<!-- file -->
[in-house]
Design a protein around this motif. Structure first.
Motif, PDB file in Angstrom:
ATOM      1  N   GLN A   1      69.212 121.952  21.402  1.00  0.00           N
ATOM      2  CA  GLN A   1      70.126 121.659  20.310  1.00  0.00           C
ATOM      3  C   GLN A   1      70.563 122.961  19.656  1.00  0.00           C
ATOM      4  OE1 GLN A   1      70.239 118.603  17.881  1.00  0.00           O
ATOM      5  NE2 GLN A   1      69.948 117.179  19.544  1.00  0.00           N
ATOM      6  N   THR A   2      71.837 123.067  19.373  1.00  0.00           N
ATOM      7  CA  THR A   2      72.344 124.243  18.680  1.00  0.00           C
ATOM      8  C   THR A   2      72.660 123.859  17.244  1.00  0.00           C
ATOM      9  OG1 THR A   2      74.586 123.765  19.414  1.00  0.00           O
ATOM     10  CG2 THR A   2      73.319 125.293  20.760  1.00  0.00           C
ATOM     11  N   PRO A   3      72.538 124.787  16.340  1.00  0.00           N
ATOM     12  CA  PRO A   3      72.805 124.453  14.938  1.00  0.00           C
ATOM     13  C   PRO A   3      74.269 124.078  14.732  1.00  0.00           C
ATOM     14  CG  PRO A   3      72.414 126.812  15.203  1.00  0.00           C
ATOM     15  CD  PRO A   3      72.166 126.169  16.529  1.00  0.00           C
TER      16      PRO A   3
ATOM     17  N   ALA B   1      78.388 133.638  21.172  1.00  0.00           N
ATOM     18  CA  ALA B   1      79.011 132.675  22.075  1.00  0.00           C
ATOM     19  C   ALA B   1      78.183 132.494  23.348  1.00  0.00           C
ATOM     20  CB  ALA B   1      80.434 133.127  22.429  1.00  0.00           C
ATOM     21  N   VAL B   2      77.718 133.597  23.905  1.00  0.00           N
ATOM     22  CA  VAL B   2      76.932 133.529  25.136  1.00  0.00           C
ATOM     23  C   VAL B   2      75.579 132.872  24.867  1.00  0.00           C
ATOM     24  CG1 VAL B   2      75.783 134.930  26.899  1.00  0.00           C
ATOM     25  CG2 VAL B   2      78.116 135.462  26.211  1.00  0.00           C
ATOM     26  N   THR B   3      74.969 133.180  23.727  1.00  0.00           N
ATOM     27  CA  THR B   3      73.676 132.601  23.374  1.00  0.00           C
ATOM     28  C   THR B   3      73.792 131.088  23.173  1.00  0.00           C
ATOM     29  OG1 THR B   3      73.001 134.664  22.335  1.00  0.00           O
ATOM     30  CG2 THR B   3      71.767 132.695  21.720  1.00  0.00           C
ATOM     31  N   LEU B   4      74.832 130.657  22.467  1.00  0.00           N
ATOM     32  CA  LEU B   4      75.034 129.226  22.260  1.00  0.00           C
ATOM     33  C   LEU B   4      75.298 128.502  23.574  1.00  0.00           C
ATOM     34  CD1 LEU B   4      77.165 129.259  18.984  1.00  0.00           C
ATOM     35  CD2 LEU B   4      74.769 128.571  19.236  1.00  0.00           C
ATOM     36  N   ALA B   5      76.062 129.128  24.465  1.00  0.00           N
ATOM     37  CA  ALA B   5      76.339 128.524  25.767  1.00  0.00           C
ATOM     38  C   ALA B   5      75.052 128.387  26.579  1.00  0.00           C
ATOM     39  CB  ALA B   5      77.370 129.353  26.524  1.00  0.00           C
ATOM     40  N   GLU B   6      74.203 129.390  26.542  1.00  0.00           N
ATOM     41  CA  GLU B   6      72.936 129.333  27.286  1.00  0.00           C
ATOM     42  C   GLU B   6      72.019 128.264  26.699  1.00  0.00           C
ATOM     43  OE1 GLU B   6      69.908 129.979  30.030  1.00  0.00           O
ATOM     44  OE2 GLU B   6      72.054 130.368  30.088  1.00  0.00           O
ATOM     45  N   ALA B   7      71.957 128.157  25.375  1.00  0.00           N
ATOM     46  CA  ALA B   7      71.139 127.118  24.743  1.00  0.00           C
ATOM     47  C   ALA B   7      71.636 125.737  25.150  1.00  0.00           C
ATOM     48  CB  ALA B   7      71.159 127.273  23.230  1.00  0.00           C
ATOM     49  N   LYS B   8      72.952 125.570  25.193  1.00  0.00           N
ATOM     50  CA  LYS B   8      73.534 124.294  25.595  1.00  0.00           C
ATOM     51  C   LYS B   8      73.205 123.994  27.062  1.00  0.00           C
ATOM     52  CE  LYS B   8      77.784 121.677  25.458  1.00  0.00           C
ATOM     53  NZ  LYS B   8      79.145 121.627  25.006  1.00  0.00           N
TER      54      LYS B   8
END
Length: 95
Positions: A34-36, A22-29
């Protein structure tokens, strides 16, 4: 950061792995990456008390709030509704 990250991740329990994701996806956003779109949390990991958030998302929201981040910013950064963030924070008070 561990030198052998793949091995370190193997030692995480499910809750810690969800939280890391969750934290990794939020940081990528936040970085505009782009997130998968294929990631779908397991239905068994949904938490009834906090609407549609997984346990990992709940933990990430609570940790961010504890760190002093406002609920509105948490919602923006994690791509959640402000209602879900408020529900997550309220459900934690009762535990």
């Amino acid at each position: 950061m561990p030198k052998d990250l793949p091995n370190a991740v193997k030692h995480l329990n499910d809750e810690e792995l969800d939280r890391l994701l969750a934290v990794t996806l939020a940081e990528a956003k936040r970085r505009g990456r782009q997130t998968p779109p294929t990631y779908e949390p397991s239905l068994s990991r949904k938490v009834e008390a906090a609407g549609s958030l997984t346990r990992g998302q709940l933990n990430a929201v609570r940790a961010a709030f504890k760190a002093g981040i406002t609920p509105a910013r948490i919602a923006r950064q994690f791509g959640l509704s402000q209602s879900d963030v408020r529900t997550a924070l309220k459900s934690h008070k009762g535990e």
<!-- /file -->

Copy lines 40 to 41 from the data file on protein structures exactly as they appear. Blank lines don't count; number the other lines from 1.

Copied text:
ATOM     37  CA  ALA B   5      76.339 128.524  25.767  1.00  0.00           C
ATOM     38  C   ALA B   5      75.052 128.387  26.579  1.00  0.00           C